They Said It On Marijuana, Quotable Saturday, Part CLXXXI

Representative Blumenauer provides a great overview here on the current political climate regarding opioids and cannabis. The Trump Administration claims to be working on solutions for the opioid crisis, but seems to be too blinded by the stigma of cannabis to consider it a viable solution. Research increasingly shows that cannabis is indeed a solid solution to opioid addiction and citizens of over half the country have voted to legalize medical marijuana in their states, but the federal government remains immovable on cannabis.

It’s time for this to change. We have to keep driving until the politicians get on board.

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Peru Legalizes Medical Cannabis

Peru’s Congress has legalized cannabis for medical use in a 67-5 vote with three abstaining, according to a report from Al Día News. The measure legalizes cannabis and its derivatives as a cancer, epilepsy, and Parkinson’s disease therapy.

Congressman Alberto de Belaunde, who championed the legislation called the bill’s passage a “historic moment” for the nation’s Congress. Once the bill is signed into law, officials will have 60 days to craft the program’s regulations.

The approval came following a National Police raid on an illegal cannabis oil manufacturing laboratory in February. According to the report, the lab was making the cannabis oil for sick children.

Congressman Ricardo Navaraez, president of the Congressional Health Commission which had granted its approval for the legislation earlier this month, indicated that the measure will allow importation of medical cannabis products as well as research and production. However, he said that production was “the most controversial” issue in the legislation.

“For us it is a great satisfaction, it is a law that is going to revolutionize, in a country with many prejudices, concerns and fears, I believe it is a good message,” he said in the report.

The overwhelming majority vote allowed the measure to be enacted without going through a second vote as is customary in Peru.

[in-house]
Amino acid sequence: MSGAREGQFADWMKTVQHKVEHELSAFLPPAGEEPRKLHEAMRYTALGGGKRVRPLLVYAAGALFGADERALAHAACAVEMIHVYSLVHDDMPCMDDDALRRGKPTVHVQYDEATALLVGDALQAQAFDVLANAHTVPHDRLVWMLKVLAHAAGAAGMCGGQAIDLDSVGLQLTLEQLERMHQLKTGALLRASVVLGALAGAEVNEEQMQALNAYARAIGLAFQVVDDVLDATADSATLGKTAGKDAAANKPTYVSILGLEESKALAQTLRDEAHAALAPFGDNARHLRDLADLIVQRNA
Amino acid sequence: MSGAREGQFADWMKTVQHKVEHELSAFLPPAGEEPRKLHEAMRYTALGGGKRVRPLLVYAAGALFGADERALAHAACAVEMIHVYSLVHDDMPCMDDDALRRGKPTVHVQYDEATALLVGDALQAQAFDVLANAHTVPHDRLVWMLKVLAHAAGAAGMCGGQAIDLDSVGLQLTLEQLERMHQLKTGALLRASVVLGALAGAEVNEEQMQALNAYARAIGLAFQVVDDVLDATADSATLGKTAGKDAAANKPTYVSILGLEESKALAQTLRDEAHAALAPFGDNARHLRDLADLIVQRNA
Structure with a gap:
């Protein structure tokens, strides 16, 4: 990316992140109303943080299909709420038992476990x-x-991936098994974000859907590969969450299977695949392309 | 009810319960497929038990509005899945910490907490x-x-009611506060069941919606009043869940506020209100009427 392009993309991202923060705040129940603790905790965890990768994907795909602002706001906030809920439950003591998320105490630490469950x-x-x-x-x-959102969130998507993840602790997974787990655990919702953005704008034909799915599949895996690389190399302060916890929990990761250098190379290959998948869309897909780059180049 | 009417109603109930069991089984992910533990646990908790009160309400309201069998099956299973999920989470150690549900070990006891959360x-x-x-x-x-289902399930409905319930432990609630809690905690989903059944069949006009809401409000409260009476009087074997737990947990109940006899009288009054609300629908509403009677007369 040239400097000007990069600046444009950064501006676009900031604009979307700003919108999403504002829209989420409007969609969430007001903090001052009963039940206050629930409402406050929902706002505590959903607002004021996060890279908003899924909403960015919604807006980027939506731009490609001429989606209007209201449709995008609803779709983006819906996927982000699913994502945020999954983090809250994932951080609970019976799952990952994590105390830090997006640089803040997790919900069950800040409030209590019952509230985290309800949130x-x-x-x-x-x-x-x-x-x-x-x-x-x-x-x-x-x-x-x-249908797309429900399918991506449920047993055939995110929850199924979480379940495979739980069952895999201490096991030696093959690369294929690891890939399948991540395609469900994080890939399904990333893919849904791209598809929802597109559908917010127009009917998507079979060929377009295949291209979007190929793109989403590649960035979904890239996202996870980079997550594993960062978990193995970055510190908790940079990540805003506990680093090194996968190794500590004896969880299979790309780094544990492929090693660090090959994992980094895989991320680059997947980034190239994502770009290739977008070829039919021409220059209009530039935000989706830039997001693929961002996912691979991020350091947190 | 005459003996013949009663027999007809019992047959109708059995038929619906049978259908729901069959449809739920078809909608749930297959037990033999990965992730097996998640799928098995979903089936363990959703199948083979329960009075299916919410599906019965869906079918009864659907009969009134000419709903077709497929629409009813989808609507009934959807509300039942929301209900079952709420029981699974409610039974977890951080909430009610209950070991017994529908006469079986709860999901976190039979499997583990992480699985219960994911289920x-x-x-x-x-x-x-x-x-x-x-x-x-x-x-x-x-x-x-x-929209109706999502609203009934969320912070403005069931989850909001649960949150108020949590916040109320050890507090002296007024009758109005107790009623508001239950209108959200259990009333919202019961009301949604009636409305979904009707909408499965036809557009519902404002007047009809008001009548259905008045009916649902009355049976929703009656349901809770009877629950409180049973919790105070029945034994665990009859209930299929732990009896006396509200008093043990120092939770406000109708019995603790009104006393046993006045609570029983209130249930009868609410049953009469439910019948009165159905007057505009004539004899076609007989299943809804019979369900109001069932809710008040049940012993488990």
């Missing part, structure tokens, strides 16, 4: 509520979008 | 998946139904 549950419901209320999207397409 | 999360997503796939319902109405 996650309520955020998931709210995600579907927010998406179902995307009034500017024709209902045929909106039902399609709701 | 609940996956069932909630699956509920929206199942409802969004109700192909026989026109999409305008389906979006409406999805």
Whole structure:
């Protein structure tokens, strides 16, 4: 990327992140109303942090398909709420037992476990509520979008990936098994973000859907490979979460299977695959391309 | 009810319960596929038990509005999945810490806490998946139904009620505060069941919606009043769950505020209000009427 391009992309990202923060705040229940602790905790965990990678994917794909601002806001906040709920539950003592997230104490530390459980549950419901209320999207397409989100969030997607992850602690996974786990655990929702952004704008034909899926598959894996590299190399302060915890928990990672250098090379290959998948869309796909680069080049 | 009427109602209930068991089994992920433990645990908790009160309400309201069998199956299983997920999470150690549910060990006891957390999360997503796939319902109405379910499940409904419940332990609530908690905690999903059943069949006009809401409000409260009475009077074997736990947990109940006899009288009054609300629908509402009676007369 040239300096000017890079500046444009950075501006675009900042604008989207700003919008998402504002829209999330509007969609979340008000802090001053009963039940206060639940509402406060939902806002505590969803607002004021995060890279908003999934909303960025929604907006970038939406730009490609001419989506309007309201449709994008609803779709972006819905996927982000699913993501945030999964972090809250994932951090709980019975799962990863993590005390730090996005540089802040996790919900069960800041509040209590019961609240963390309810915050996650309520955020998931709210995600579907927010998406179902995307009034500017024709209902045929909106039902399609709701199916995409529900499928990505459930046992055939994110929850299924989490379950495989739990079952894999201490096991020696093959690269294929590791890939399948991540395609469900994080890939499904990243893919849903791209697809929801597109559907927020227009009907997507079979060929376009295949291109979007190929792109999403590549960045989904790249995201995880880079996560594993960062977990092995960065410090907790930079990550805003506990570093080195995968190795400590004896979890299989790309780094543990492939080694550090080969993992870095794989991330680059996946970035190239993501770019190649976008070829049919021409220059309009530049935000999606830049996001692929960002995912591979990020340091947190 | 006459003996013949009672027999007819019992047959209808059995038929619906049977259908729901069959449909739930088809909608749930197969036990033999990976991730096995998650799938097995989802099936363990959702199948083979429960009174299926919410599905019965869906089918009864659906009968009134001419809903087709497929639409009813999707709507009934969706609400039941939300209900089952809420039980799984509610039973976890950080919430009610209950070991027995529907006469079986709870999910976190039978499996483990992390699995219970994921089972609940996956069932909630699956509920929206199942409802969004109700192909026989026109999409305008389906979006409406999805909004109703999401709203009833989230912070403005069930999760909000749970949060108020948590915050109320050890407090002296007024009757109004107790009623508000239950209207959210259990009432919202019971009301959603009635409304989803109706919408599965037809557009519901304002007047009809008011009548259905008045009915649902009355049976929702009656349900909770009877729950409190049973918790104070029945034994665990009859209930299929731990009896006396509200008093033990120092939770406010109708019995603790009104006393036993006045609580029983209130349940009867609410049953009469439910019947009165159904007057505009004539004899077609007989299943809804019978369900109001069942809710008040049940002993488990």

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Maine GOP Leaders Seek to Extend Adult-Use Moratorium into 2019

Republican lawmakers in Maine are attempting to push back the rollout of the adult-use regime until Jan. 2019 after already delaying the market launch three months following the referendum’s passage last November, the Portland Press Herald reports. The move is backed by House Republican Leader Ken Fredette and Gov. Paul LePage.

According to the report, the suggestion has irked several members on the legislative committee that has been crating the rules in preparation for the Feb. 2018 start date; but Fredette said lawmakers shouldn’t be expected to rush a 76-page bill that passed by a small majority. He said extending the moratorium “is the least lousy option.”

“I’m not saying we’re not going to do this, but we need to slow it down and do it right,” he said in the report. “You can’t just plop a bill this big down and say pass it right now or we’ll have chaos. That is not how you make laws here in Maine.”

Leaders of the committee, Republican Sen. Roger Katz and Democrat Rep. Teresa Pierce, criticized both Fredette and LePage for not being more active in the rule-making process and that state agencies they invited to work with them on the rules had not provided any assistance.

“The 11th-hour attempt to wreak havoc is obstructionism for no good reason,” Katz told the Herald. “Their unwillingness to problem-solve is irresponsible to the voters, the businesses and the communities of Maine.”

Even if lawmakers pass Fredette’s moratorium, Maine residents can still cultivate up to six mature plants and possess 2.5 ounces of cannabis for personal use.

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New Zealand PM Considering Referendum to Legalize Cannabis

New Zealand’s newly elected Prime Minister Jacinda Ardern said she is considering putting the cannabis legalization question to voters, suggesting in a CNBC report that she would like the nation to hold a nationwide binding referendum on the issue before 2020.

“During the campaign I’ve always been very vocal about the fact that I do not believe people should be imprisoned for the personal use of cannabis,” she said in the report. “On the flip-side, I also have concerns around young people accessing a product which can clearly do harm and damage to them.”

The reforms in the nation are being spearheaded by the Green Party, who want to remove all penalties for individuals growing cannabis for medical use and implement age-restricted adult use.

Ross Bell, New Zealand Drug Foundation executive director, indicated he regularly sees polls favoring cannabis law reforms in the country and said that previous government “have not wanted to engage on this issue.”

“Lo and behold the Green Party come along, and allows the country to have the sort of conversation we should have had for a long time,” he said in an interview with CNBC.

Presently, Uruguay is the only nation to have a federally-approved cannabis market; Canada is expected to implement its own legalization scheme by July 1, 2018.

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